Presentation on theme: "A framework for answering aural questions using the 6 concepts of music."— Presentation transcript:
A framework for answering aural questions using the 6 concepts of music.
Read the question carefully and take careful note of key words. Which of the concepts are involved? Words like unity, contrast and interest!
On first listen work out the structure of the excerpt. This gives you the opportunity to answer with reference to a number of sections and fills out your answer. Use dot points or short sentences with one idea per point or sentence.
Listen to an excerpt and write down the structure.
Dynamics? a. How loud or soft is the music and how and when does this change? b. Does the volume change because a single instrument is played louder or because more instruments are introduced?
List the prevailing dynamics and any changes that occur. Are they sudden changes or gradual. List the performing media and describe any expressive techniques for each instrument. These may include bowing or pizzicato for string instruments, drum rolls or rim shots, accents, legato (smoothly connected notes) or staccato (detached), intonation techniques such as slides, note bending, pitch changes and ornaments such as trills.
Now repeat the questions for any other sections in the except. For classical music this might mean ABA or rondo form. For popular music this might mean verse/chorus.
Unity refers to anything that is the same or similar. What aspects of dynamics or expressive techniques are repetitive or consistent?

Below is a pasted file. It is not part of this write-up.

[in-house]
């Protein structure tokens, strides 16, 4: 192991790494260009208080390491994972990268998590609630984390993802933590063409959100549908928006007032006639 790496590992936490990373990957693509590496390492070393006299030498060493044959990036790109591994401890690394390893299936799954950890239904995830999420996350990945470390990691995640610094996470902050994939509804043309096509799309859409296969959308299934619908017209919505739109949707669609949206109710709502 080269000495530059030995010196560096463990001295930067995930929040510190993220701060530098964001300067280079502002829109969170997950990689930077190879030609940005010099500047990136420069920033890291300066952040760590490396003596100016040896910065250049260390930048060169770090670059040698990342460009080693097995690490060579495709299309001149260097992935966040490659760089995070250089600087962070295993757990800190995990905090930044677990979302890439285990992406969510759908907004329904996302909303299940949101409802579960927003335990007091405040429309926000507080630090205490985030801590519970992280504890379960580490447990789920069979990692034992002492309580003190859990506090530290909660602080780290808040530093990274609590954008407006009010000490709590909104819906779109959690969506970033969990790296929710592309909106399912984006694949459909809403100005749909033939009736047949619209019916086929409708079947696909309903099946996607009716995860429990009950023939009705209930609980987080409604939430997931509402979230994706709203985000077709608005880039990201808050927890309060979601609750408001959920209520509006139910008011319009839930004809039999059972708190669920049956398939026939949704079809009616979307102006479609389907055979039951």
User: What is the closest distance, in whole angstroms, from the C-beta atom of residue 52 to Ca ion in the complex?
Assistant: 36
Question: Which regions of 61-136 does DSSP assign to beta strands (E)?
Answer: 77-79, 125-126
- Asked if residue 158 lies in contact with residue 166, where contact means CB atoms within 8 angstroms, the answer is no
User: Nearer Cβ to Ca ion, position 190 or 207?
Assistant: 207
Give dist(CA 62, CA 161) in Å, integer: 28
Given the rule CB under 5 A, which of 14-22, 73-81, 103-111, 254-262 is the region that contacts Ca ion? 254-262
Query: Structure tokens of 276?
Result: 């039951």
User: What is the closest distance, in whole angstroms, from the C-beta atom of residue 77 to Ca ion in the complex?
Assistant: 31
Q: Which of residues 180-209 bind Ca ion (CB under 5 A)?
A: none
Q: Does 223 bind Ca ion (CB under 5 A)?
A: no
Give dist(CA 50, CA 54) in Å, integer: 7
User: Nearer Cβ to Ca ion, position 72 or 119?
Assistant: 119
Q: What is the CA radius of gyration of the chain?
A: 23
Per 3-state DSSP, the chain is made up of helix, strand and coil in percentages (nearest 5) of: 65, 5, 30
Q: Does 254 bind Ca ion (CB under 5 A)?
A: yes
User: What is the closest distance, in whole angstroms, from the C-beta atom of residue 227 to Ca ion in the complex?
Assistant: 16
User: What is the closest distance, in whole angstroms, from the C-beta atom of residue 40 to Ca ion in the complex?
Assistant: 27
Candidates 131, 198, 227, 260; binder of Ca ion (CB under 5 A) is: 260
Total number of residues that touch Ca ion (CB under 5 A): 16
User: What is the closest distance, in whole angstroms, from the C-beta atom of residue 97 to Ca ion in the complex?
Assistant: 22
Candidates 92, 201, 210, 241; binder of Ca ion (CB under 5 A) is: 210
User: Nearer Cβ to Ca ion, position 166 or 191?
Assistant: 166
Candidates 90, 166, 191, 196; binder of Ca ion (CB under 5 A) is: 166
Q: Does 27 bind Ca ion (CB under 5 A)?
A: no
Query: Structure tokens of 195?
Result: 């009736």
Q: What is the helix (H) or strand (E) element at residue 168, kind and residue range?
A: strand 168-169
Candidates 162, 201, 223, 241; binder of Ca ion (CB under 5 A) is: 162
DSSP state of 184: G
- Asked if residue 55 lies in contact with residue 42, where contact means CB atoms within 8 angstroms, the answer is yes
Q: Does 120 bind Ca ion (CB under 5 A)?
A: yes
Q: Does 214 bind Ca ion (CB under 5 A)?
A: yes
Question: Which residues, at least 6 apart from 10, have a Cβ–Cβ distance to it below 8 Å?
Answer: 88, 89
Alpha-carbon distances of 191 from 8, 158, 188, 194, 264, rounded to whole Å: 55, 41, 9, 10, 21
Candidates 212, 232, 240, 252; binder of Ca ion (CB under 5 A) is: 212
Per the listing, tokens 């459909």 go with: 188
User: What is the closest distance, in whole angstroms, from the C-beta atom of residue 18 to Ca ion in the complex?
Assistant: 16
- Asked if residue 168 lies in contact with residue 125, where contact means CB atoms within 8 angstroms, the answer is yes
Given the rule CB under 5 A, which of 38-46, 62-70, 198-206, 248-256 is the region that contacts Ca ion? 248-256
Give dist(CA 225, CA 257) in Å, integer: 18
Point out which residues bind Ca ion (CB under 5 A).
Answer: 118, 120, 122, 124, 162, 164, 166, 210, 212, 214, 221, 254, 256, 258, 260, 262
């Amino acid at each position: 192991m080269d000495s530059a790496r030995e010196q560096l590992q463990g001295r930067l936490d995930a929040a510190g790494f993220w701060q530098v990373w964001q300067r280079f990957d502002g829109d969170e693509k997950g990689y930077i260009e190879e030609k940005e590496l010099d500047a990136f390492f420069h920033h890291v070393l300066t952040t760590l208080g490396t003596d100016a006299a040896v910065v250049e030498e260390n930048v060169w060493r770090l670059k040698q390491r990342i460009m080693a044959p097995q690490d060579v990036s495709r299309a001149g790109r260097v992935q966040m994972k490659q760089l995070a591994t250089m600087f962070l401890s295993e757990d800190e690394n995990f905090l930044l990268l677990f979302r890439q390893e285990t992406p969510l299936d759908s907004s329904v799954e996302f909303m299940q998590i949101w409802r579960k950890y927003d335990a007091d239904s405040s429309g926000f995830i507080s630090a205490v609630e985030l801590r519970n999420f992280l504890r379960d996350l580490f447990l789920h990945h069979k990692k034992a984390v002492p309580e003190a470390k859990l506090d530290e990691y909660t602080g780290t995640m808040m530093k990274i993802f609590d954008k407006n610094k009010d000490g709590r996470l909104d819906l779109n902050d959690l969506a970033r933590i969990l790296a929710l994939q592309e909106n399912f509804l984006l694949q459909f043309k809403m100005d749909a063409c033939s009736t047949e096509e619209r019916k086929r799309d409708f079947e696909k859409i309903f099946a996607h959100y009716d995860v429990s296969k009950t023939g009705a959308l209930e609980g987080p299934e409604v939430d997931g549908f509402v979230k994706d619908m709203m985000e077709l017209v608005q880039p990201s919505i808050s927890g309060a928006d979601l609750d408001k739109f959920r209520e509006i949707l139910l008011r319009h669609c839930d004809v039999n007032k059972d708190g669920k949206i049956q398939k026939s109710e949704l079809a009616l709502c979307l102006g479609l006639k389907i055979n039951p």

Contrast refers to difference and diversity! In what ways are dynamics and expressive techniques used to change the music? For example sudden changes in volume or crescendos and decrescendos.
Pianissimo means very soft Piano means soft Mezzoforte means moderately loud Forte means loud Fortissimo means very loud Sforzando means loud and forcefully Crescendo means gradually getting louder Decrescendo means gradually getting softer
Subito means suddenly Legato means smoothly and well connected Staccato means detached Accent means emphasising a note or chord Vibrato means shaking the sound Tremelo means quick repetition of the same note Glissando is a rapid scale played in a sliding motion.
Strings – arco, pizzicato, col legno, con sordino, double stopping, strum, slap, vibrato and tremelo Percussion – rolls, rim shots Brass – mutes to create wah wah type effects Wind – tonguing, slurs, flutter tonguing Electronics – distortion, delay, attack, decay IF YOU DON’T KNOW WHAT THESE MEAN LOOK THEM UP!
Some vocal techniques include screaming, laughing, shouting, clicking, gulping, yelping, breathing, screeching, yelling, whispering and panting. In jazz you might hear bending, slurping, dropping, scat and doinking A glottal stop is the sudden closure of the wind pipe used in yodeling Falsetto is a male singing higher than normal range